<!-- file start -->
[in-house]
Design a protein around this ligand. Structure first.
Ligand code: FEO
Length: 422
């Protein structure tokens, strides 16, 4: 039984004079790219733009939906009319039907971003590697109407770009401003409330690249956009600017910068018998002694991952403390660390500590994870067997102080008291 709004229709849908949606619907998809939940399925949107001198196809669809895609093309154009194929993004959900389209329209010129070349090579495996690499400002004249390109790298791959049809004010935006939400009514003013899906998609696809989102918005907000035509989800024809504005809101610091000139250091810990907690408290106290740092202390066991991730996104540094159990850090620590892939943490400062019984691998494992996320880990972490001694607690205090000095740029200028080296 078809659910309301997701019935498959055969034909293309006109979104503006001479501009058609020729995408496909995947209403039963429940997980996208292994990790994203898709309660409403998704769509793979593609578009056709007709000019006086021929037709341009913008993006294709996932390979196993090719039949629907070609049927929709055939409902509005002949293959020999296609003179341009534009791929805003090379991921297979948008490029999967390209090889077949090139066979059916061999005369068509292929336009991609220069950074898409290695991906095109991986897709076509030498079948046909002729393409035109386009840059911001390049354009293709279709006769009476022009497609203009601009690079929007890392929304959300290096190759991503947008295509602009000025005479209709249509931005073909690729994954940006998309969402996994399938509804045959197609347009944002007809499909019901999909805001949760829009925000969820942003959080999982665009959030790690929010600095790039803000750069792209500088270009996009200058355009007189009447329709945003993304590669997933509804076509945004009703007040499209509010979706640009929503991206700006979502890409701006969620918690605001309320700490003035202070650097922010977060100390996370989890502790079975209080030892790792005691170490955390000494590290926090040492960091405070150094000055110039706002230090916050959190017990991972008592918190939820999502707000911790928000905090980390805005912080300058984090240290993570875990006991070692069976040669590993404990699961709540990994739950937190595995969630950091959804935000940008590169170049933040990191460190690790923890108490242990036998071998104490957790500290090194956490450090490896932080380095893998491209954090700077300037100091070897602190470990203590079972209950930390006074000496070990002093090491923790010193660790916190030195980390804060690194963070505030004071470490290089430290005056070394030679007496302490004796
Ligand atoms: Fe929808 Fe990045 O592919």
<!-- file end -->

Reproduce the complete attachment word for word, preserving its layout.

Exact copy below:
[in-house]
Design a protein around this ligand. Structure first.
Ligand code: FEO
Length: 422
């Protein structure tokens, strides 16, 4: 039984004079790219733009939906009319039907971003590697109407770009401003409330690249956009600017910068018998002694991952403390660390500590994870067997102080008291 709004229709849908949606619907998809939940399925949107001198196809669809895609093309154009194929993004959900389209329209010129070349090579495996690499400002004249390109790298791959049809004010935006939400009514003013899906998609696809989102918005907000035509989800024809504005809101610091000139250091810990907690408290106290740092202390066991991730996104540094159990850090620590892939943490400062019984691998494992996320880990972490001694607690205090000095740029200028080296 078809659910309301997701019935498959055969034909293309006109979104503006001479501009058609020729995408496909995947209403039963429940997980996208292994990790994203898709309660409403998704769509793979593609578009056709007709000019006086021929037709341009913008993006294709996932390979196993090719039949629907070609049927929709055939409902509005002949293959020999296609003179341009534009791929805003090379991921297979948008490029999967390209090889077949090139066979059916061999005369068509292929336009991609220069950074898409290695991906095109991986897709076509030498079948046909002729393409035109386009840059911001390049354009293709279709006769009476022009497609203009601009690079929007890392929304959300290096190759991503947008295509602009000025005479209709249509931005073909690729994954940006998309969402996994399938509804045959197609347009944002007809499909019901999909805001949760829009925000969820942003959080999982665009959030790690929010600095790039803000750069792209500088270009996009200058355009007189009447329709945003993304590669997933509804076509945004009703007040499209509010979706640009929503991206700006979502890409701006969620918690605001309320700490003035202070650097922010977060100390996370989890502790079975209080030892790792005691170490955390000494590290926090040492960091405070150094000055110039706002230090916050959190017990991972008592918190939820999502707000911790928000905090980390805005912080300058984090240290993570875990006991070692069976040669590993404990699961709540990994739950937190595995969630950091959804935000940008590169170049933040990191460190690790923890108490242990036998071998104490957790500290090194956490450090490896932080380095893998491209954090700077300037100091070897602190470990203590079972209950930390006074000496070990002093090491923790010193660790916190030195980390804060690194963070505030004071470490290089430290005056070394030679007496302490004796
Ligand atoms: Fe929808 Fe990045 O592919």